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When giving a Helping die in Mouse Guard, the trade-off is that one is bound by the success or failure consequences. But how is that a downside in a conflict?

Each of the team members is already bound by the consequences of the conflict. Is the intention that every team mate adds a helping die to every other team mate's action, every time they can? There doesn't seem to be any disincentive to do so, unlike regular tests.

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2 Answers 2

up vote 4 down vote accepted

On a personal-scale (mouse) level, team members can only help within their team, but are already bound to the the results for no additional penalty.

Note that team helping team level, however, helping still uses the common effect... if you are in Team A, and are helping team B versus weasel-team Z, everyone attacking, and Z wins, both A & B lose disposition.

The usual requirements to describe the help are a vital part of keeping the game from going flat; they apply just as much to members of the same team in combat as out.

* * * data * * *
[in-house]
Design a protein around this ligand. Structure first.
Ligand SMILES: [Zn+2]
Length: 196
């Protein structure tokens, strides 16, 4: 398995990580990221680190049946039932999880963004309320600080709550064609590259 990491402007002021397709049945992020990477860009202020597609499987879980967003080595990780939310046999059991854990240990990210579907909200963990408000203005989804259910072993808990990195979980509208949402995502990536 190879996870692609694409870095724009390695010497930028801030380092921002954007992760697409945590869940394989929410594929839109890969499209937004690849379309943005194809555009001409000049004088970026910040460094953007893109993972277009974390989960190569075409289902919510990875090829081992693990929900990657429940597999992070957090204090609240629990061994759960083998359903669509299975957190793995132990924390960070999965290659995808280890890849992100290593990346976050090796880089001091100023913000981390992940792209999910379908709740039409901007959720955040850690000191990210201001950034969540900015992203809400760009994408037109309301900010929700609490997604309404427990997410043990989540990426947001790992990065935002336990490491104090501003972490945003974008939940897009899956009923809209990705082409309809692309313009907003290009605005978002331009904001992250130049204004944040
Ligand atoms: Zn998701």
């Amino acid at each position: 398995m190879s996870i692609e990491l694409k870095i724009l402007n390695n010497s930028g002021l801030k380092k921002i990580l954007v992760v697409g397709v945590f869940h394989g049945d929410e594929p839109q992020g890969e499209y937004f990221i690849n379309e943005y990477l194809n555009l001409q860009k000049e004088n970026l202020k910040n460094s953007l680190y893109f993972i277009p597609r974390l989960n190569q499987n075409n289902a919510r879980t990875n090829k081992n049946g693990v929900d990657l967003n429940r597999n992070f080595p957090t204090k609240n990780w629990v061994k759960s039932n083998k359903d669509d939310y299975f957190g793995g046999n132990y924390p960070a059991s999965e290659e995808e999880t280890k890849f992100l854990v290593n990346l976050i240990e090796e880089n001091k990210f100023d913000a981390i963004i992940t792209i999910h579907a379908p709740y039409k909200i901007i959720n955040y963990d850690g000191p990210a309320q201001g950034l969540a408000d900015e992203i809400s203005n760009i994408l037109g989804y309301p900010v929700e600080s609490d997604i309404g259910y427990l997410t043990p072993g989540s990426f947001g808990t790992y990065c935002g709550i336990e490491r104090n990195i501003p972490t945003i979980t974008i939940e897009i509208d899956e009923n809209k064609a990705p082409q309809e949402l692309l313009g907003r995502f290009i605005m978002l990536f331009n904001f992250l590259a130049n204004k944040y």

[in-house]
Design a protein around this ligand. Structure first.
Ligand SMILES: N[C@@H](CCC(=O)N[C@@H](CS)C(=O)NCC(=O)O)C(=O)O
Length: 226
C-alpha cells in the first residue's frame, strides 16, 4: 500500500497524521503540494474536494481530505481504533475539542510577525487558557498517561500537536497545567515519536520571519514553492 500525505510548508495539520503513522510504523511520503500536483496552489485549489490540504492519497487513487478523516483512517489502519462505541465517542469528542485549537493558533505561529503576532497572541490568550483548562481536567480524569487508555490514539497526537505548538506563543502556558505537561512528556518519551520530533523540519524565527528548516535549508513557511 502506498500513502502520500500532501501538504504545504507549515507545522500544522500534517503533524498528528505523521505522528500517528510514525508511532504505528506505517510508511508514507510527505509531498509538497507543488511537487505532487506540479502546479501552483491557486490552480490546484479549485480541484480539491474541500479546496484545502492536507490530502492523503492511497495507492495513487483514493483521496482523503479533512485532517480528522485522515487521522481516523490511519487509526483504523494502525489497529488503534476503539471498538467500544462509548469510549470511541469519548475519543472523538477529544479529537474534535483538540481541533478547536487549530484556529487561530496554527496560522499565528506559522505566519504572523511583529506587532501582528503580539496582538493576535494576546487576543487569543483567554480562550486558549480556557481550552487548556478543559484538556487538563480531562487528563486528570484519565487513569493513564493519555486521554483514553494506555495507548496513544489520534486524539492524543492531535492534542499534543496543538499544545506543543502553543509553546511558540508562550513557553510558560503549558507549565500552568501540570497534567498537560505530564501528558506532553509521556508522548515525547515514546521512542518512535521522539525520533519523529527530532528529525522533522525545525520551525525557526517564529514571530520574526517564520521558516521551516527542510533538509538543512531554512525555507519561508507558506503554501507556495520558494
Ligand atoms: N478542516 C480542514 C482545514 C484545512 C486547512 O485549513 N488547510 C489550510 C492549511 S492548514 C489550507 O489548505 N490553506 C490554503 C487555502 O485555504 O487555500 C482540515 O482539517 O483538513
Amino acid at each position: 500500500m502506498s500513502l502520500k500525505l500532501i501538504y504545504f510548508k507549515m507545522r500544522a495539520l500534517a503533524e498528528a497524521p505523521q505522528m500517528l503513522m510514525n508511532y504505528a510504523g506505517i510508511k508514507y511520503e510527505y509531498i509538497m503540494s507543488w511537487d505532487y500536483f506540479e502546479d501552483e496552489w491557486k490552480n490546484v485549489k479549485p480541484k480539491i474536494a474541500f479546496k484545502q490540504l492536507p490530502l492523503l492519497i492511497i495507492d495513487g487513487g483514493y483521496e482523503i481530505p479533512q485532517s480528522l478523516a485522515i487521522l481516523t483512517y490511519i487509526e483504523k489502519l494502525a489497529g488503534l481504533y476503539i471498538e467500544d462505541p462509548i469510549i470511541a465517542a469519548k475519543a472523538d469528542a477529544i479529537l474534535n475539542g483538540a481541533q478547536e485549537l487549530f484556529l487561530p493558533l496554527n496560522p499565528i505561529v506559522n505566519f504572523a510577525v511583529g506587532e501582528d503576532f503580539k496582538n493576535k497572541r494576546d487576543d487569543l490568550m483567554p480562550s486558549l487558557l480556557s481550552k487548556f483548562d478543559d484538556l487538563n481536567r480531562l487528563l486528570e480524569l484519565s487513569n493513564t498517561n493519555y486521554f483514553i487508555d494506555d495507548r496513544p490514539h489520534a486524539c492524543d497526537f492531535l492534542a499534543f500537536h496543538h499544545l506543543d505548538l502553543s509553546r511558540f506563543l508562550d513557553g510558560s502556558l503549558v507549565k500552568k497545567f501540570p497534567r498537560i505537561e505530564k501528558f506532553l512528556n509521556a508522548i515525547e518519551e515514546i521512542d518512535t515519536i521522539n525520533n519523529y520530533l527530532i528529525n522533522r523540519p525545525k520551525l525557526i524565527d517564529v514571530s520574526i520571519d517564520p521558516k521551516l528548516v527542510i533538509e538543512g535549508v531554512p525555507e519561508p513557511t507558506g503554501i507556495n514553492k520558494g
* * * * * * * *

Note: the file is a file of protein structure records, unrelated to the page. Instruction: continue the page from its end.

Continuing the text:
And remember, teaming up is actually part of the game; it is intended that, in conflict, there is no disincentive to helping team mates.

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There isn't a disincentive to do so. However, helping dice are treated as usual: the help must be described and be convincing, or they can't give the help die. There won't be a reasonable and convincing way to help every action in a conflict, but when there is they can go for it.

The lack of "extra" consequences isn't really a problem. Sharing in the consequences isn't in the rules so much for tactical reasons as it is to support a solid narrative. The same priority is maintained in the teammate help rules: the narrative requirement of help dice ensure that the unfolding blow-by-blow story hangs together and is interesting. There will still be plenty of consequences from the big-picture conflict, especially if the outcome is a compromise.

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